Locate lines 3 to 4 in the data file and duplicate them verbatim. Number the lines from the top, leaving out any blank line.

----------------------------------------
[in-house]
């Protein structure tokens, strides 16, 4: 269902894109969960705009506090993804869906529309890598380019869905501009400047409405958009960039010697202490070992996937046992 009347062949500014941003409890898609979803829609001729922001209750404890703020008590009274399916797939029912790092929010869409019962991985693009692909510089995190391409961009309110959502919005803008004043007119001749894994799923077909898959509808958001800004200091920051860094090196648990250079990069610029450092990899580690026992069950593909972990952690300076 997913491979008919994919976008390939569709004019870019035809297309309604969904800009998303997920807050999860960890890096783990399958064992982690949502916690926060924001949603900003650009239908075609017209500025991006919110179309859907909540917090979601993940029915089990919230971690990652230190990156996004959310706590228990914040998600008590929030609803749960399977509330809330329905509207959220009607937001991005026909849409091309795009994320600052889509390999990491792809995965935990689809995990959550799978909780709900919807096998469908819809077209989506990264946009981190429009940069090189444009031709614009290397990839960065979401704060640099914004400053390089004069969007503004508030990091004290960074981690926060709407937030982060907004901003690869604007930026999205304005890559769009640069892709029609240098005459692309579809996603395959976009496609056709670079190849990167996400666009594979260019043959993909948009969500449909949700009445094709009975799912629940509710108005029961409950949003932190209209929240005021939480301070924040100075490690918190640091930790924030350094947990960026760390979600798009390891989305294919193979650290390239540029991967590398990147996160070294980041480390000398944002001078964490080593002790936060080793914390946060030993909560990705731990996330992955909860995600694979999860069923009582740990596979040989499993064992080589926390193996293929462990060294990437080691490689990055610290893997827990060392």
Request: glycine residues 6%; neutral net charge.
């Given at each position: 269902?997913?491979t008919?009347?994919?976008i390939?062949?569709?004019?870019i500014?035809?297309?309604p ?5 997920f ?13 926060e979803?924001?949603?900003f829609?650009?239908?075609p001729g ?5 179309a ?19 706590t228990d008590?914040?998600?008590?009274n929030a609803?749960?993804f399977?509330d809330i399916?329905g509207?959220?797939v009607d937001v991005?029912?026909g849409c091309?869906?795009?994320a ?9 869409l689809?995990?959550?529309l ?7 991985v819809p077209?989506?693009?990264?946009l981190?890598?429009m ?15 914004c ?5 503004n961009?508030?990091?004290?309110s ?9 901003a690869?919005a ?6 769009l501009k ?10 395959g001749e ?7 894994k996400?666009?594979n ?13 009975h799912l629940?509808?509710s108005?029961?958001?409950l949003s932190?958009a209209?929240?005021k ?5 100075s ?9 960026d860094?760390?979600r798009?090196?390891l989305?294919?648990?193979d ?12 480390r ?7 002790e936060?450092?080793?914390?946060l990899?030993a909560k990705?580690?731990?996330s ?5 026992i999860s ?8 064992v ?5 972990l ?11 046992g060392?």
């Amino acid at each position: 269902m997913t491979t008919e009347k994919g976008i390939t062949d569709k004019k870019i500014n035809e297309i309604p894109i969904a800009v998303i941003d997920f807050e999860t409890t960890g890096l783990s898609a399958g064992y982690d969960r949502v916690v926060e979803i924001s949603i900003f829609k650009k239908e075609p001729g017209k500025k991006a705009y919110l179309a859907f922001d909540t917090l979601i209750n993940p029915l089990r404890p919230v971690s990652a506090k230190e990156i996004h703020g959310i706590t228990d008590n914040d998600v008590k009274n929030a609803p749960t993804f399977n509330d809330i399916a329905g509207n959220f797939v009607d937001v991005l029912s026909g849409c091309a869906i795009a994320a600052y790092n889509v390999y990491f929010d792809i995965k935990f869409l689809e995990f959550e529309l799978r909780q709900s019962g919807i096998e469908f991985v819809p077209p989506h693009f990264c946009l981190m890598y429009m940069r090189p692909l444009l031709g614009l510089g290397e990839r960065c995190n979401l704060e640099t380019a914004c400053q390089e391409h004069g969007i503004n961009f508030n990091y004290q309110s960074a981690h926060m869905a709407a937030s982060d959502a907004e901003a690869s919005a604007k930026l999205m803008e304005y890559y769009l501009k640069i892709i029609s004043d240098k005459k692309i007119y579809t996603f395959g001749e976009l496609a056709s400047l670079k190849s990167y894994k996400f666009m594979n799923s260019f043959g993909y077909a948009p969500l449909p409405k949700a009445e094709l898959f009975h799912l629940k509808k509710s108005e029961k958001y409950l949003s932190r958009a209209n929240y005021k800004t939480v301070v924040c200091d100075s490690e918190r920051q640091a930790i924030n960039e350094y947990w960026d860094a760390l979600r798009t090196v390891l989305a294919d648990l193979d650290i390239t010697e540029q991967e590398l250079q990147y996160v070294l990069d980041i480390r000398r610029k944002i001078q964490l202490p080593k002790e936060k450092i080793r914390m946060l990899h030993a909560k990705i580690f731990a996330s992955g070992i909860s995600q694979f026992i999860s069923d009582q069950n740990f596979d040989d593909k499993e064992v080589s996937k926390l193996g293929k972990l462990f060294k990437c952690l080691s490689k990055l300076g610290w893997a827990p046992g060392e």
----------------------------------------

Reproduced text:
Request: glycine residues 6%; neutral net charge.
């Given at each position: 269902?997913?491979t008919?009347?994919?976008i390939?062949?569709?004019?870019i500014?035809?297309?309604p ?5 997920f ?13 926060e979803?924001?949603?900003f829609?650009?239908?075609p001729g ?5 179309a ?19 706590t228990d008590?914040?998600?008590?009274n929030a609803?749960?993804f399977?509330d809330i399916?329905g509207?959220?797939v009607d937001v991005?029912?026909g849409c091309?869906?795009?994320a ?9 869409l689809?995990?959550?529309l ?7 991985v819809p077209?989506?693009?990264?946009l981190?890598?429009m ?15 914004c ?5 503004n961009?508030?990091?004290?309110s ?9 901003a690869?919005a ?6 769009l501009k ?10 395959g001749e ?7 894994k996400?666009?594979n ?13 009975h799912l629940?509808?509710s108005?029961?958001?409950l949003s932190?958009a209209?929240?005021k ?5 100075s ?9 960026d860094?760390?979600r798009?090196?390891l989305?294919?648990?193979d ?12 480390r ?7 002790e936060?450092?080793?914390?946060l990899?030993a909560k990705?580690?731990?996330s ?5 026992i999860s ?8 064992v ?5 972990l ?11 046992g060392?």